Seed World

Cross Pollination | Gemination | March 2014


UPOV 91: A Win-Win
“There’s no real negative impact on farmers,” said Anthony Parker, commissioner of the Canadian Food Inspection Agency’s Plant Breeeders’ Rights office, speaking on the implementation of UPOV ‘91. Parker spoke via satellite from Ottawa to growers and industry officials gathered recently at the Lethbridge Research Centre. According to Parker, the plant-breeding standards will give breeders more exclusive rights, and will also add provisional protection to the varieties they develop. The duration of that protection for seed would also be expanded from 18 years to 20 years. Parker also said UPOV ‘91 would create a stronger intellectual-property environment for plant breeders, as he touted one particular benefit. “It will increase the level of investments into the Canadian breeding program. It will encourage foreign breeders to bring their varieties into Canada and protect them here,” he said. Parker added that the legislation required to make UPOV ‘91 the standard, to update Canada from the UPOV ‘78 framework, could come into force this August. “The timelines are pretty tight for this,” he said. “The benefits for breeders and farmers will be immediate.”

Protecting Pollinators
“Neonicotinoid pesticides help farmers protect their crops from insect attacks at the vulnerable seed and seedling stages,” says Pierre Petelle, vice-president of chemistry at CropLife Canada. “Coating the seed means less pesticide is used and beneficial insects like bees are less much less likely to come into contact with the insecticide.” CropLife Canada recently responded to the Pest Management Regulatory Agency’s request for public input on its Notice of Intent regarding bees and neonicotinoid pesticides. “We remain supportive of the efforts being undertaken to reduce unintended exposure of bees to neonicotinoids, but we are gravely concerned about the fact that the various other threats to bee health are being overlooked,” Petelle says. “Bee health is complex and there are several other factors can contribute to the kinds of unusual losses that a small number of beekeepers in very specific regions have experienced. Getting to the bottom of this situation is of paramount importance, but we have to look for solutions that are rooted in science if we expect them to have a meaningful impact.”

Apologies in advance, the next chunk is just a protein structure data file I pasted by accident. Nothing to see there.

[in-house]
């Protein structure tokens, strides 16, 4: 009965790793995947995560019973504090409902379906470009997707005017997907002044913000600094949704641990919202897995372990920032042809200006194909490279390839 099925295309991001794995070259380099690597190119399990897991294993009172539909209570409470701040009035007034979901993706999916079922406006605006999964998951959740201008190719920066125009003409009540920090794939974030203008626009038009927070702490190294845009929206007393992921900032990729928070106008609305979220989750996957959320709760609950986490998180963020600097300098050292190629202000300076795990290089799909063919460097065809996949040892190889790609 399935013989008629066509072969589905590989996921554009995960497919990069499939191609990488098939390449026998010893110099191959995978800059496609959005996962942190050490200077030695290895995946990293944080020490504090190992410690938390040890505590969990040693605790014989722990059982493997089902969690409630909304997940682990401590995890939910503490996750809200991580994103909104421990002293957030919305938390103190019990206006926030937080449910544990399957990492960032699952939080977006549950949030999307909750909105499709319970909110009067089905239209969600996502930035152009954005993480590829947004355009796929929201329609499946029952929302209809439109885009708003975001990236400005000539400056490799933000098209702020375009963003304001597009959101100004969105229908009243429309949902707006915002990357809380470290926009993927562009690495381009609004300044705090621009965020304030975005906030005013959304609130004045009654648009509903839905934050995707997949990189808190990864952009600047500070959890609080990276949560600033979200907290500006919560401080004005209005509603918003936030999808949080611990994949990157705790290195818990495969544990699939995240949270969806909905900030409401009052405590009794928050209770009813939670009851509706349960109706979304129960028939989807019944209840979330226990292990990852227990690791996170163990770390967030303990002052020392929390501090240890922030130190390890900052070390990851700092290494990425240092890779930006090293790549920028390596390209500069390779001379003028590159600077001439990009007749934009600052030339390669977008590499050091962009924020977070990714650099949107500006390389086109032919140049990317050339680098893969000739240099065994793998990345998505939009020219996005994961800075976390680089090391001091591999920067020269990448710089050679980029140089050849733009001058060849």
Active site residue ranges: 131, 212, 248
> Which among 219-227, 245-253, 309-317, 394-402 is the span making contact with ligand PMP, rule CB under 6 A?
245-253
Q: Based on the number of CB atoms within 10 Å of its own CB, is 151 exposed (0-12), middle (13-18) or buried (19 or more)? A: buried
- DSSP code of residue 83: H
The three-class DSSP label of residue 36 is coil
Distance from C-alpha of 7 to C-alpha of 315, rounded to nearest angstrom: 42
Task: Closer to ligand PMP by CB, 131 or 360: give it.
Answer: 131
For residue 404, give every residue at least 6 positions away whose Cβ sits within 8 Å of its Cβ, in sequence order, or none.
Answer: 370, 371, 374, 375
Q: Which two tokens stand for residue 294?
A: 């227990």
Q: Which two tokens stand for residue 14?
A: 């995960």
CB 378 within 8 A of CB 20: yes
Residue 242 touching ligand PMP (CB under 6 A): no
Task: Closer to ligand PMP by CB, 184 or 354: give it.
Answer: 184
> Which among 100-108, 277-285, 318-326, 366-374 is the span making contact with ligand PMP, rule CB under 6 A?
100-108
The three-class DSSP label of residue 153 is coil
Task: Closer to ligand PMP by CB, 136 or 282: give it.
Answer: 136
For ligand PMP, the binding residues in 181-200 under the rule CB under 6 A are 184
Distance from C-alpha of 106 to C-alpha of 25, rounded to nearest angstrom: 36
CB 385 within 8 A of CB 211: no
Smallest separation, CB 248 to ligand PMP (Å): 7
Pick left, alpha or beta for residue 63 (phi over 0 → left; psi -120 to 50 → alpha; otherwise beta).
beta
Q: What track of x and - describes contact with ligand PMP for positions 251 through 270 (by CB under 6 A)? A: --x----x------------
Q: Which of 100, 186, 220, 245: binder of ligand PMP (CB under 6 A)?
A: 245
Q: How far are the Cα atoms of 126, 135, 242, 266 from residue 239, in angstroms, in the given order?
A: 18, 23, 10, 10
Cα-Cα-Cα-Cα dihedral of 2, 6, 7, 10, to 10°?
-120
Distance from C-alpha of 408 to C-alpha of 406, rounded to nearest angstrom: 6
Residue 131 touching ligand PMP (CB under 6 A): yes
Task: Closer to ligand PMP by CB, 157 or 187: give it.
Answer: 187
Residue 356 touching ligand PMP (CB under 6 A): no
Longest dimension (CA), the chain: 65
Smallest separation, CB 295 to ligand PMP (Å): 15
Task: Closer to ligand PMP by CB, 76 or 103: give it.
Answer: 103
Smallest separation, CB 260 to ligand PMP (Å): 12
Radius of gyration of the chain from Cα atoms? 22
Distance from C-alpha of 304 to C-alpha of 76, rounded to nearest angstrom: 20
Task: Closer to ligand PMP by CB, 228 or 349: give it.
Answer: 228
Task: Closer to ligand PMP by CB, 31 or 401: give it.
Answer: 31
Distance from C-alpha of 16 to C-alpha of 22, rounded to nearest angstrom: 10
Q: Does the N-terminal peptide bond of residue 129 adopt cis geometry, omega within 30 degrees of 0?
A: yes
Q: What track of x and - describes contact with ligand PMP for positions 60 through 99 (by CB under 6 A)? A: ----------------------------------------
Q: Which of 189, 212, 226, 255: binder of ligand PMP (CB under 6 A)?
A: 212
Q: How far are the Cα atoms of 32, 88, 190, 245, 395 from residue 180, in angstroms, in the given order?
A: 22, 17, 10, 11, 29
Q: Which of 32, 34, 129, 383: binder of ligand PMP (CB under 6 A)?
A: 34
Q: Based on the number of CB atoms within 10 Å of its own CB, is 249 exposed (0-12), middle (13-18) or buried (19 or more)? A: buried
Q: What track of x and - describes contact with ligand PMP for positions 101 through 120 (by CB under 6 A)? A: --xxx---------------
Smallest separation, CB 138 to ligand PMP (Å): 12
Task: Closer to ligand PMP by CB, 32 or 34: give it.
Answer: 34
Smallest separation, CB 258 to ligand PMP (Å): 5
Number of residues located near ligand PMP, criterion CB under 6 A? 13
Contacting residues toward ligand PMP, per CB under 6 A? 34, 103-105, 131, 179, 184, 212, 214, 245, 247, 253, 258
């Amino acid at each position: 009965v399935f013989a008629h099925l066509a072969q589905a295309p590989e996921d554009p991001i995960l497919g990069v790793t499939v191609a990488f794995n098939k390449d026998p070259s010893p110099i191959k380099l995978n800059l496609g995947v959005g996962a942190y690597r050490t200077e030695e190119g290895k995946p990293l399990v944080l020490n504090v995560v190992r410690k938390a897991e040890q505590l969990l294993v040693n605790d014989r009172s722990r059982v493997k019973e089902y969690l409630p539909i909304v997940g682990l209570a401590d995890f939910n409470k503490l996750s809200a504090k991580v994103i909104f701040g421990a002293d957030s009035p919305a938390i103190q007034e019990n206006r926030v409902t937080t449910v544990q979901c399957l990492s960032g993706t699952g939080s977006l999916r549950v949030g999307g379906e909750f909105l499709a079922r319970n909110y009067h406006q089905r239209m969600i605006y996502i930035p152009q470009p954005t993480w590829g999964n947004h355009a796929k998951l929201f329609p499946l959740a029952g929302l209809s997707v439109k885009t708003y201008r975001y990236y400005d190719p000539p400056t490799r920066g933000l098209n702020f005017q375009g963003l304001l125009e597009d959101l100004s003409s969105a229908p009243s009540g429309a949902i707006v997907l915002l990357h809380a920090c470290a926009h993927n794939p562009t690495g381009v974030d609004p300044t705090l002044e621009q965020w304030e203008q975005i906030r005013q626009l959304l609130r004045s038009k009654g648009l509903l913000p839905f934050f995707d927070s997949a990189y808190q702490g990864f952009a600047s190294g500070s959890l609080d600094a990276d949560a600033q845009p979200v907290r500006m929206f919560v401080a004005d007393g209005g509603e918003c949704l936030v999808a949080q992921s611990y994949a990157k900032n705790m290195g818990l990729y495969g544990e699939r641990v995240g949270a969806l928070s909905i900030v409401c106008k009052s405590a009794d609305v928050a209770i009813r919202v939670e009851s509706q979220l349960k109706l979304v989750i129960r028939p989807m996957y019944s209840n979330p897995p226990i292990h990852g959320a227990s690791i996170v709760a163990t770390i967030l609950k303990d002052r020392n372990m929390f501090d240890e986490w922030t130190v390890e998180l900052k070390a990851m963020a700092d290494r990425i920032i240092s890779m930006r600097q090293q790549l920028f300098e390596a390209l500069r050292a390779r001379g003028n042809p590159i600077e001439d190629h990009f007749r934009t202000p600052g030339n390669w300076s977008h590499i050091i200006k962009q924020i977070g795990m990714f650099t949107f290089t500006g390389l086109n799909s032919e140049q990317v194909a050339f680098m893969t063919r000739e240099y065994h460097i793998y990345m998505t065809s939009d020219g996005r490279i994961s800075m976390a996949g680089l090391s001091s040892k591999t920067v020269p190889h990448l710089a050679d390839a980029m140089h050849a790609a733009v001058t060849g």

Supply and Demand
According to a recent International Grains Council five-year forecast, world total grains output is expected to decline slightly in 2014/15, from the record level forecast for the current season, but then to rise by an average of 1.6 per cent per acre over the remainder of the five-year period, exceeding two billion tons by 2016/17. “While some area expansion is anticipated, particularly in the major exporters such as the Commonwealth of Independent States and Brazil, the increase is largely driven by improving productivity. Firm demand growth is also expected and, while the absolute level of stocks is likely to rise, the ratio of stocks to use is projected to fall slightly to 18 per cent by the end of 2018/19, from 20 per cent forecast for 2013/14. The projections indicate a marked increase in trade volumes over the five years, as increased demand is met by production growth in the key exporters, most notably in South America and the Black Sea region,” says the report.

Onus on Growers to Negotiate the Best Deal